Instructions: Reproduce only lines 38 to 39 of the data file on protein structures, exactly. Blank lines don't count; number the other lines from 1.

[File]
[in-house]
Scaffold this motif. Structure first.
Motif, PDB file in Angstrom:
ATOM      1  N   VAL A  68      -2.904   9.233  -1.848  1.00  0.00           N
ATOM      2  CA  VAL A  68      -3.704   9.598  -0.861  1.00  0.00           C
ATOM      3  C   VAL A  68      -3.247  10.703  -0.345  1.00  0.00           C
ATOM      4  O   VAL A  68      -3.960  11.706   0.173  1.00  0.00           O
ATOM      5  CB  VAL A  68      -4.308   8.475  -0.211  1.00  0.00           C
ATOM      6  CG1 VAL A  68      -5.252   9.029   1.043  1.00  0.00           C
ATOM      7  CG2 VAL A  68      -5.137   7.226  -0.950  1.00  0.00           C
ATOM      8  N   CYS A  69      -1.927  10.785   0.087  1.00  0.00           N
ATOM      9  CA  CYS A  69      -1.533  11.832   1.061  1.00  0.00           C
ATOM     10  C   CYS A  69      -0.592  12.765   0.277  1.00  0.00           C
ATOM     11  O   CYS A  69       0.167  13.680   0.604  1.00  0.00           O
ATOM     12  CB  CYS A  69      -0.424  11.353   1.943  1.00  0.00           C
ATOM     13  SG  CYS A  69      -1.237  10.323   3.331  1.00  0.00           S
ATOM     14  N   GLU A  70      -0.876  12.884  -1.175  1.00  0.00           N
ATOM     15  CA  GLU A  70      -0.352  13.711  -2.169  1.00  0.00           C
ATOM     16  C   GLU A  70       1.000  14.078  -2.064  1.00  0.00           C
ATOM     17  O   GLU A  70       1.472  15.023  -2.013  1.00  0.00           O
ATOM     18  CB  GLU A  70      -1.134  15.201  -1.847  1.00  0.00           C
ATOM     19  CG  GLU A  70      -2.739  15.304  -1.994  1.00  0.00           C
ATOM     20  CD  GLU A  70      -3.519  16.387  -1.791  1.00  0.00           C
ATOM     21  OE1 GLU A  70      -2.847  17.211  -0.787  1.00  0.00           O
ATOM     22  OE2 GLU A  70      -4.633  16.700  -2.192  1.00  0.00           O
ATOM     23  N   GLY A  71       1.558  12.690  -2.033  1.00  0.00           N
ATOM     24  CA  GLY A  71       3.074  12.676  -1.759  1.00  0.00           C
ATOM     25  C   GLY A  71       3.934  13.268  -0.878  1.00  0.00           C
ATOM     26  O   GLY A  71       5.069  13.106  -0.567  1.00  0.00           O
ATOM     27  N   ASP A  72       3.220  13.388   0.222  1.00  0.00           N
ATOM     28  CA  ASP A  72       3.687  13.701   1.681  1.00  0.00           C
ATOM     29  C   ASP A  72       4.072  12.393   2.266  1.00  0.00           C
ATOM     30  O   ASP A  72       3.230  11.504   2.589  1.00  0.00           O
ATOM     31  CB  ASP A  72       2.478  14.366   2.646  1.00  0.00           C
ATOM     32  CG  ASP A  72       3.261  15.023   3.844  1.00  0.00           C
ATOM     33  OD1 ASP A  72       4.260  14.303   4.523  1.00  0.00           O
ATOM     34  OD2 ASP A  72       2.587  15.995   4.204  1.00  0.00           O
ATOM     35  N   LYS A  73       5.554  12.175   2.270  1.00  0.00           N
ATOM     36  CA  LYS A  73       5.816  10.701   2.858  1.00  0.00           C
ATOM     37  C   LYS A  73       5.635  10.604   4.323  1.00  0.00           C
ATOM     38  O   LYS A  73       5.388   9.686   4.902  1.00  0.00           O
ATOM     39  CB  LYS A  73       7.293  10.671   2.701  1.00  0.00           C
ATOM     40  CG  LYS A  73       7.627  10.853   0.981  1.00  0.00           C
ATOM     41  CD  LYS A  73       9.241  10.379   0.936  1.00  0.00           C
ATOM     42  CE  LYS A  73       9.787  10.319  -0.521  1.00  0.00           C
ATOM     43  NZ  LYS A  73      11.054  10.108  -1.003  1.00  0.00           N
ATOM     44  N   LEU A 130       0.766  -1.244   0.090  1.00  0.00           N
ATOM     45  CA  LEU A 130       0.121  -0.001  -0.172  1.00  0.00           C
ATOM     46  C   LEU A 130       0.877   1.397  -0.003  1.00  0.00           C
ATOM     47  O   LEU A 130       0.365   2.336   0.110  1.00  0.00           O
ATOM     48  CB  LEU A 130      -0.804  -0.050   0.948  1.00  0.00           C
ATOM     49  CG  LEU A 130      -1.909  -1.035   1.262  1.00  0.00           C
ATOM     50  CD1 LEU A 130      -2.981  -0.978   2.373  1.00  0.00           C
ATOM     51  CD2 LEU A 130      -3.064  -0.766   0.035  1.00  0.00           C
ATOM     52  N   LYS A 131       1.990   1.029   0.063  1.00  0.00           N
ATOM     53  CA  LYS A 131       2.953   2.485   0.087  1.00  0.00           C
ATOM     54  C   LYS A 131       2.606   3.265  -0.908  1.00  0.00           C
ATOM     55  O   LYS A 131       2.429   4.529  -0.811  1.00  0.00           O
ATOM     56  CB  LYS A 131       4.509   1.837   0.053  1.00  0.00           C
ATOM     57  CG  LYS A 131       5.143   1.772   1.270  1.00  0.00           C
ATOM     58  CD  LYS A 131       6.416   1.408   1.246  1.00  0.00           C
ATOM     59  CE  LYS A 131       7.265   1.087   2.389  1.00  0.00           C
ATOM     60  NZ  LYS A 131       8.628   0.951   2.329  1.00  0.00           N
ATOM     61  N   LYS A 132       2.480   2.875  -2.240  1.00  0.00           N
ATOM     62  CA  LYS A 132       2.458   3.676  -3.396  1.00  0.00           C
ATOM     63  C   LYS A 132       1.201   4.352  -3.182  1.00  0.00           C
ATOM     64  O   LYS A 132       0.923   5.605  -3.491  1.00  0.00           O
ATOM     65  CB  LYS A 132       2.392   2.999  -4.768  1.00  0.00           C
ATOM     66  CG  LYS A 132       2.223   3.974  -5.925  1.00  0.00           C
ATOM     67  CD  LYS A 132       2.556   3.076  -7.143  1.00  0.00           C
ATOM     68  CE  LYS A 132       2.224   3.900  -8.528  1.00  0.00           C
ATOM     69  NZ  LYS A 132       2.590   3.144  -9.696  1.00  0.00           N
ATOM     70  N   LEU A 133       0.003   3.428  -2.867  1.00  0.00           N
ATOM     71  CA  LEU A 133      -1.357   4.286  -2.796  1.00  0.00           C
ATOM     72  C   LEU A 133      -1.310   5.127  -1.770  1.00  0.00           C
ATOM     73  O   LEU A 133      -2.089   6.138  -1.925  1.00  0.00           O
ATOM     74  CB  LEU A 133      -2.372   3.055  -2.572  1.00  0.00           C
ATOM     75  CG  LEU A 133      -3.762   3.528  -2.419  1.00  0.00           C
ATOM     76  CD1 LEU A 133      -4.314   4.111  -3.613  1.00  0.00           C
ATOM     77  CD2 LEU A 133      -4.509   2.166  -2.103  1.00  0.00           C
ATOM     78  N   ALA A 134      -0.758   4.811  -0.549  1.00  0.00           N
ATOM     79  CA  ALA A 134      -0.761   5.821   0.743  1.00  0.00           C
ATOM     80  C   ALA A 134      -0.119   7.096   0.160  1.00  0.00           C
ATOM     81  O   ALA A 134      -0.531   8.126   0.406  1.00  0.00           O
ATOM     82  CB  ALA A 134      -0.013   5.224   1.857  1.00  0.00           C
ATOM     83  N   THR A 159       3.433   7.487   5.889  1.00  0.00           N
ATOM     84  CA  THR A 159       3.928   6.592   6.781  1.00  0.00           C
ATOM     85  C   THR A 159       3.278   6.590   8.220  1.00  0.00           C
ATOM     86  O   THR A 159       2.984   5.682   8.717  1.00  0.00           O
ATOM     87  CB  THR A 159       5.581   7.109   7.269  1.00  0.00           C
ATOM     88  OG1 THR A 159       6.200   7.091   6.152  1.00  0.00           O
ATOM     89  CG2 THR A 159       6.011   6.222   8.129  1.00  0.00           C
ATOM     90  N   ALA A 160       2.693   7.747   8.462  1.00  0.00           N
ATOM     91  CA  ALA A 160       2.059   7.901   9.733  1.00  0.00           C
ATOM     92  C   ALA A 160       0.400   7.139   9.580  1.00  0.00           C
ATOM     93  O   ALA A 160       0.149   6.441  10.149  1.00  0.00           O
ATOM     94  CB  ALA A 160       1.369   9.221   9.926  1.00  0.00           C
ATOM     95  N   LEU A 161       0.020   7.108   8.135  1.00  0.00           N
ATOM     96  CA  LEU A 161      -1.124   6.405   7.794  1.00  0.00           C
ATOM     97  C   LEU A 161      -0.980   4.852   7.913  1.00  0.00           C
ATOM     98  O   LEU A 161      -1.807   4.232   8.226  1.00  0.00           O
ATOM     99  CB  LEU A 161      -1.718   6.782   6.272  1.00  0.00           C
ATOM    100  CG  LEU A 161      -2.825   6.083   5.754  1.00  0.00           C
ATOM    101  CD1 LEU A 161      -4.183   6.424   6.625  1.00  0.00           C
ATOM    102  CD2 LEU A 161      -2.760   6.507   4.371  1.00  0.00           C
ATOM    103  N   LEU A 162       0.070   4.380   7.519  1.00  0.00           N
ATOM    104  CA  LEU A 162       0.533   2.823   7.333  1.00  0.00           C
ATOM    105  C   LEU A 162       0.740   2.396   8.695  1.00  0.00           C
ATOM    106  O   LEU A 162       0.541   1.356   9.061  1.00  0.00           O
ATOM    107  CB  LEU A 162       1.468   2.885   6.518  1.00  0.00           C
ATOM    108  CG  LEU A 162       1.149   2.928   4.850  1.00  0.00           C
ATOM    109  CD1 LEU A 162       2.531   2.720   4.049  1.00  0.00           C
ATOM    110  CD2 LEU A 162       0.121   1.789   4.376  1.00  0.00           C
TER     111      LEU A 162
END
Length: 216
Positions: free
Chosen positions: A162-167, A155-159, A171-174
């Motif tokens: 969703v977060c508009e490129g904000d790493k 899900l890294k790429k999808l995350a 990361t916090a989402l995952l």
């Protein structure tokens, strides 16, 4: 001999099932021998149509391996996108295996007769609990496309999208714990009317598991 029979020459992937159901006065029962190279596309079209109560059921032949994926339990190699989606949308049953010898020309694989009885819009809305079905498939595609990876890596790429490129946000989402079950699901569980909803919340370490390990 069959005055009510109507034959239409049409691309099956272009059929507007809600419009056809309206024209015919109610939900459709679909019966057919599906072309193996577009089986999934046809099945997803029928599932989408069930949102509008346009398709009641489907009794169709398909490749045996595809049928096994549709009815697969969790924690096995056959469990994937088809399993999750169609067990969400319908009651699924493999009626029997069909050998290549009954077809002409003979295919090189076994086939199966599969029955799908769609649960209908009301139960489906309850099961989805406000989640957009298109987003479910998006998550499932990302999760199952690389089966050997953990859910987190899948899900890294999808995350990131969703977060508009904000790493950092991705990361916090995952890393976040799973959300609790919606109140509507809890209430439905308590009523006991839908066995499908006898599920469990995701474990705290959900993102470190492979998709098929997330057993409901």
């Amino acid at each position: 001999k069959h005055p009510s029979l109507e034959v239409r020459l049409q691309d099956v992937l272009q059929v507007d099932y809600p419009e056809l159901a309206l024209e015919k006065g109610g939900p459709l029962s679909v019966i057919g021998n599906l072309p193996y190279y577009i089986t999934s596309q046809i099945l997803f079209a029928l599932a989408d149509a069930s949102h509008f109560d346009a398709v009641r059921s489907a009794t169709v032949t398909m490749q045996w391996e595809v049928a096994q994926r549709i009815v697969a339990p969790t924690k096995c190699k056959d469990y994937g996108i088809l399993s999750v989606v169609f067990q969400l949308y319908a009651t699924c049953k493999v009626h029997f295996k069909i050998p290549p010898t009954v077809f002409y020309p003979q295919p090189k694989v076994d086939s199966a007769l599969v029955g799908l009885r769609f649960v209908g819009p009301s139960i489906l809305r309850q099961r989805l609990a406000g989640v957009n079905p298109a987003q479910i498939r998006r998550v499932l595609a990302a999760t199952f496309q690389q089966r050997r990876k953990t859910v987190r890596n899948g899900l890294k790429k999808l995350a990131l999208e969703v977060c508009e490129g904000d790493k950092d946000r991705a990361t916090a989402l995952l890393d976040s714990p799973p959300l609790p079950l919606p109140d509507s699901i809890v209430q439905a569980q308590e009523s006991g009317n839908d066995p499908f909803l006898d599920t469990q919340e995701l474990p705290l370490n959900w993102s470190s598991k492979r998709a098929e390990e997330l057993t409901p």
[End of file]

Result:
ATOM     35  N   LYS A  73       5.554  12.175   2.270  1.00  0.00           N
ATOM     36  CA  LYS A  73       5.816  10.701   2.858  1.00  0.00           C